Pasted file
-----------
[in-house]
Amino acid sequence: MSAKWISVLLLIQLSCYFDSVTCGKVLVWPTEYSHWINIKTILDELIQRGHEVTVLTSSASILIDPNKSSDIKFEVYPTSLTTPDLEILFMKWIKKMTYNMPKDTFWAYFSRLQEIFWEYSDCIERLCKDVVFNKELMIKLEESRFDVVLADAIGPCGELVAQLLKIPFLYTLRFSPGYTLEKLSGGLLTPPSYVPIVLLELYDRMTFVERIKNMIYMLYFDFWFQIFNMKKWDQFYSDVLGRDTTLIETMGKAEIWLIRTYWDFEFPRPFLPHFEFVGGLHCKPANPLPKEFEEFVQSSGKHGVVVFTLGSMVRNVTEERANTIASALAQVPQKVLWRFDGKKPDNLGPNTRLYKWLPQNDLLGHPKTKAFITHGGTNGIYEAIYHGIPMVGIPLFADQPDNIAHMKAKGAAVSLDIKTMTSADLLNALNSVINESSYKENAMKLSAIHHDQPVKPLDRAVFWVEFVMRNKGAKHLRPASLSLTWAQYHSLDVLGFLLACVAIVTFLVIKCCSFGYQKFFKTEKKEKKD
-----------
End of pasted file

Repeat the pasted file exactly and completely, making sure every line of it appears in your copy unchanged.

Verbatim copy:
[in-house]
Amino acid sequence: MSAKWISVLLLIQLSCYFDSVTCGKVLVWPTEYSHWINIKTILDELIQRGHEVTVLTSSASILIDPNKSSDIKFEVYPTSLTTPDLEILFMKWIKKMTYNMPKDTFWAYFSRLQEIFWEYSDCIERLCKDVVFNKELMIKLEESRFDVVLADAIGPCGELVAQLLKIPFLYTLRFSPGYTLEKLSGGLLTPPSYVPIVLLELYDRMTFVERIKNMIYMLYFDFWFQIFNMKKWDQFYSDVLGRDTTLIETMGKAEIWLIRTYWDFEFPRPFLPHFEFVGGLHCKPANPLPKEFEEFVQSSGKHGVVVFTLGSMVRNVTEERANTIASALAQVPQKVLWRFDGKKPDNLGPNTRLYKWLPQNDLLGHPKTKAFITHGGTNGIYEAIYHGIPMVGIPLFADQPDNIAHMKAKGAAVSLDIKTMTSADLLNALNSVINESSYKENAMKLSAIHHDQPVKPLDRAVFWVEFVMRNKGAKHLRPASLSLTWAQYHSLDVLGFLLACVAIVTFLVIKCCSFGYQKFFKTEKKEKKD